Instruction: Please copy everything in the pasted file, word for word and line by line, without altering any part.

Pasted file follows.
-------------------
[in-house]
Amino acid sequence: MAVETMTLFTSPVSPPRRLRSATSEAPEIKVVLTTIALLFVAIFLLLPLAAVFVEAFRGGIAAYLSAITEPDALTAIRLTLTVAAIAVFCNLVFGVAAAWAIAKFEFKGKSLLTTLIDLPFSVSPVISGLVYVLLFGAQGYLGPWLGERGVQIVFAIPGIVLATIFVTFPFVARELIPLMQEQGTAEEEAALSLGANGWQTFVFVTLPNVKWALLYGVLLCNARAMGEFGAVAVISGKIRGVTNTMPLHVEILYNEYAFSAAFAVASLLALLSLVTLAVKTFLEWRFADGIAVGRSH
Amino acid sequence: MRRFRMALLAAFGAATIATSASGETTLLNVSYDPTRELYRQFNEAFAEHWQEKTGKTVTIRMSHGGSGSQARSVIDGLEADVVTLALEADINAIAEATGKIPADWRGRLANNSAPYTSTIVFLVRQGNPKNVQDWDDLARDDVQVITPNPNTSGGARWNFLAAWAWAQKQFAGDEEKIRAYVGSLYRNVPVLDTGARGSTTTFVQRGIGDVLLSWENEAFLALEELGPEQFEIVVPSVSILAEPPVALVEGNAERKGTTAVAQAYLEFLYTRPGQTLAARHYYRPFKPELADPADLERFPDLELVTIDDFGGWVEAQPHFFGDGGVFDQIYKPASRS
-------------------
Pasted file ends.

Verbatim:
[in-house]
Amino acid sequence: MAVETMTLFTSPVSPPRRLRSATSEAPEIKVVLTTIALLFVAIFLLLPLAAVFVEAFRGGIAAYLSAITEPDALTAIRLTLTVAAIAVFCNLVFGVAAAWAIAKFEFKGKSLLTTLIDLPFSVSPVISGLVYVLLFGAQGYLGPWLGERGVQIVFAIPGIVLATIFVTFPFVARELIPLMQEQGTAEEEAALSLGANGWQTFVFVTLPNVKWALLYGVLLCNARAMGEFGAVAVISGKIRGVTNTMPLHVEILYNEYAFSAAFAVASLLALLSLVTLAVKTFLEWRFADGIAVGRSH
Amino acid sequence: MRRFRMALLAAFGAATIATSASGETTLLNVSYDPTRELYRQFNEAFAEHWQEKTGKTVTIRMSHGGSGSQARSVIDGLEADVVTLALEADINAIAEATGKIPADWRGRLANNSAPYTSTIVFLVRQGNPKNVQDWDDLARDDVQVITPNPNTSGGARWNFLAAWAWAQKQFAGDEEKIRAYVGSLYRNVPVLDTGARGSTTTFVQRGIGDVLLSWENEAFLALEELGPEQFEIVVPSVSILAEPPVALVEGNAERKGTTAVAQAYLEFLYTRPGQTLAARHYYRPFKPELADPADLERFPDLELVTIDDFGGWVEAQPHFFGDGGVFDQIYKPASRS